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lgbtq

When civil rights attorney Milo Primeaux read the U.S. Supreme Court's ruling in favor of workplace protections for LGBTQ workers on Monday, he said he cried. 

Primeaux said this is a victory for the movement.

“This community has so historically and systematically been kicked down and oppressed by the government and by communities in so many myriad ways,” he said.

Primeaux’s practice focuses on LGBTQ legal matters. The ruling came days after the U.S. Department of Health and Human Services revoked health care and health insurance protections for LGBTQ people.

How does LGBTQ history relate to social justice issues for the community today? Speakers at the third annual Anthony Mascioli Rainbow Dialogues will discuss that question this Saturday during a series of community conversations. This year’s event will focus on intersectionality in LGBTQ activism, transgender rights issues, and responses to the AIDS crisis.

Our guests preview the event. In studio:

Finding housing can be a challenge for many older Americans, but older adults who identify as LGBTQ say it can be particularly daunting due to issues related to possible discrimination. An organization called Senior Action in a Gay Environment is teaming up with the Human Rights Campaign Foundation to assess how long-term care facilities are treating residents who are part of the LGBTQ community. 

This hour, we discuss the state of housing options for LGBTQ adults, fair-housing practices, and what inclusive and welcoming housing looks like. In studio:

LGBTQ activist Edie Windsor was in the process of writing her memoir, "A Wild and Precious Life," when she died at the age of 88. Windsor's landmark 2013 Supreme Court case -- which took on the Defense of Marriage Act of 1996 -- expanded the definition of "spouse" to include some-sex partners, and made them eligible for federal benefits previously limited to heterosexuals. In her book, Windsor shares her journey from hiding her sexual identity to becoming an outspoken LGBTQ activist.

Her widow, Judith Kasen-Windsor is in Rochester to discuss Windsor's book and her impact on history. She joins us in studio, along with local activists. In studio:

  • Judith Kasen-Windsor, LGBTQ activist and Edie Windsor's surviving spouse
  • Assemblymember Harry Bronson (D), District 138
  • Evelyn Bailey, executive producer of the Shoulders to Stand On Documentary 

The ImageOut Film Festival is back. The annual event presents LGBT arts and cultural experiences to promote awareness and foster dialogue. It kicks off this Thursday.

We preview this year's lineup, including a film called “For They Know Not What They Do,” which explores the evangelical church’s reaction to LGBTQ issues. We also discuss the film, "Unsettled," which tells the story of LGBTQ refugees seeking asylum in the U.S. after being persecuted in their home countries. Our guests:

New research from Pew Research Center shows that American support for same sex marriage has almost perfectly flipped in the last 15 years. In 2004, 60 percent of Americans polled said they opposed same-sex marriage, while 31 percent said they supported it. In 2019, 31 percent of Americans polled say they oppose same-sex marriage, while 61 percent say they support it.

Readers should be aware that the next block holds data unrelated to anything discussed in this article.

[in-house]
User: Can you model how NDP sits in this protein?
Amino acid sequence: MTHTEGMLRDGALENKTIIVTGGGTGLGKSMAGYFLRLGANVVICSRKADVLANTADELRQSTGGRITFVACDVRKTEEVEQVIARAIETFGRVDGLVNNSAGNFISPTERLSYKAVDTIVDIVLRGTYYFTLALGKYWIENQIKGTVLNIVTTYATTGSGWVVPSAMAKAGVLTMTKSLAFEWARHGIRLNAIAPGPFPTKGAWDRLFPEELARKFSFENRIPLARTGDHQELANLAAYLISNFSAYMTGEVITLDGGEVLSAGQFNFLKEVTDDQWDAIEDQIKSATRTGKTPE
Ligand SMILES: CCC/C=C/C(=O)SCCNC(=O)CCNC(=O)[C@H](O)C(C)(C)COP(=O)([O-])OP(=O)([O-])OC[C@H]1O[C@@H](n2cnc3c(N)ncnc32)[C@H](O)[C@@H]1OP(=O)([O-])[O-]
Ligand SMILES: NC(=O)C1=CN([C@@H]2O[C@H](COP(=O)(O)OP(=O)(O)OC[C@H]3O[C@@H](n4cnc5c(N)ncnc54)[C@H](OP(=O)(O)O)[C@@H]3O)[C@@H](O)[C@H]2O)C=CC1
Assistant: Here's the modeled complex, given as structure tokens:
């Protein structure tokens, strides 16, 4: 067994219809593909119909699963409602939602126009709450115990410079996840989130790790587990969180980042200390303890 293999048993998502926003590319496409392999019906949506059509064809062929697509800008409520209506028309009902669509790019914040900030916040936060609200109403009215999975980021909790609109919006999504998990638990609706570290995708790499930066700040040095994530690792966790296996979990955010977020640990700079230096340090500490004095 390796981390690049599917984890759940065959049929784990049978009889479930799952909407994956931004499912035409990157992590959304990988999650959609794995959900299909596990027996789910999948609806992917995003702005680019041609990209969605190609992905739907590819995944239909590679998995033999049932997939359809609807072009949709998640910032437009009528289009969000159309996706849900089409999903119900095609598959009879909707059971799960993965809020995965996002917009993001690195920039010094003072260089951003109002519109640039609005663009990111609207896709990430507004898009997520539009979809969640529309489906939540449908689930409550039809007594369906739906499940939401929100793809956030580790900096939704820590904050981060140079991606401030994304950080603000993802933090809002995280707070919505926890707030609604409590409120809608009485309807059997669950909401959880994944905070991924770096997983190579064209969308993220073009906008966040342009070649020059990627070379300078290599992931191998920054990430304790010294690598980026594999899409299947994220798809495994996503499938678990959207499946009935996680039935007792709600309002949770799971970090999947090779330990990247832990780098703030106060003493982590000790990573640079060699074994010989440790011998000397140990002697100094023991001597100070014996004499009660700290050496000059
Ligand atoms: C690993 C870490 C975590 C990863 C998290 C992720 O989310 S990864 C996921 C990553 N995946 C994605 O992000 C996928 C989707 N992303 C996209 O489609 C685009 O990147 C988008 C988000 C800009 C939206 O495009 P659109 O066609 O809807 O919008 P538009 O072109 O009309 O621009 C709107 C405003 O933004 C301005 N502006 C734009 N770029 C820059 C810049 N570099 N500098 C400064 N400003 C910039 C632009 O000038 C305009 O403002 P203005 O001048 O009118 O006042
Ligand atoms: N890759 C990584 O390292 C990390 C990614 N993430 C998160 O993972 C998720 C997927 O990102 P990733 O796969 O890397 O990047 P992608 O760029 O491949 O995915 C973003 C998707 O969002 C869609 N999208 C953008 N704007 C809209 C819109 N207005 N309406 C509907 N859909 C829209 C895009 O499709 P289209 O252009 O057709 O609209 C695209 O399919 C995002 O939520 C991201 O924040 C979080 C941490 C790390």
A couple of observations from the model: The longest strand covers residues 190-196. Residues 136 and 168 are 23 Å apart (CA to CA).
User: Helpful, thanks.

For the LGBTQ community in Gen Z, life is very different than it was for their parents and grandparents. We talk with an older lesbian couple about their lifelong journey towards accepting themselves and feeling accepted by others. In studio:

  • Barb Adams and Roz Pullara

April Franklin / WXXI News

It has been 50 years since the Stonewall uprising in New York City, and over the weekend, the Rochester LGBTQ community and its supporters participated in the annual ROC Pride parade held Saturday on Park Avenue, while also honoring Rochester’s own gay rights history.

The Stonewall Inn was a gay bar in Greenwich Village where a police raid sparked a rebellion that fueled the modern LGBTQ rights movement.

We celebrate Rochester Pride Week with a conversation about "Transformation Thursday." It's a new podcast hosted and produced by Amy Stephens and Penny Sterling, two local transgender woman who are outspoken advocates for the LGBTQ community.

Stephens and Sterling join us to share their individual journeys, what they have learned, how they handle difficult conversations with friends and coworkers, and more. 

  • Amy Stephens, comedian and co-host of  "Transformation Thursday"
  • Penny Sterling, storyteller, comedian, and co-host of "Transformation Thursday"

During the season premiere of the PBS Kids’ show “Arthur,” Arthur’s teacher, Mr. Ratburn, got married. The episode, “Mr. Ratburn and the Special Someone,” featured the wedding of Mr. Ratburn and his partner, Patrick. The show is the latest in a series of children’s television programs and books to highlight diverse characters and inclusive storylines.

This hour, we discuss the value of inclusion on screen and in print – as well as behind the scenes – and the learning goals for children. Our guests:

  • Lesli Rotenberg, chief programming executive and general manager for children’s media and education at PBS
  • Cara Rager, manager of educational training and family engagement at WXXI Education
  • Leslie C. Youngblood, author of “Love Like Sky”
  • Ed Popil (Mrs. Kasha Davis), local drag performer and children's book author

We sit down with people of color in the local LGBTQ community to discuss identity, how they find belonging, and how they recruit allies. Our guests share their personal stories, the challenges they face – including healthcare disparities – and their ideas for how to create a more inclusive society.

In studio:

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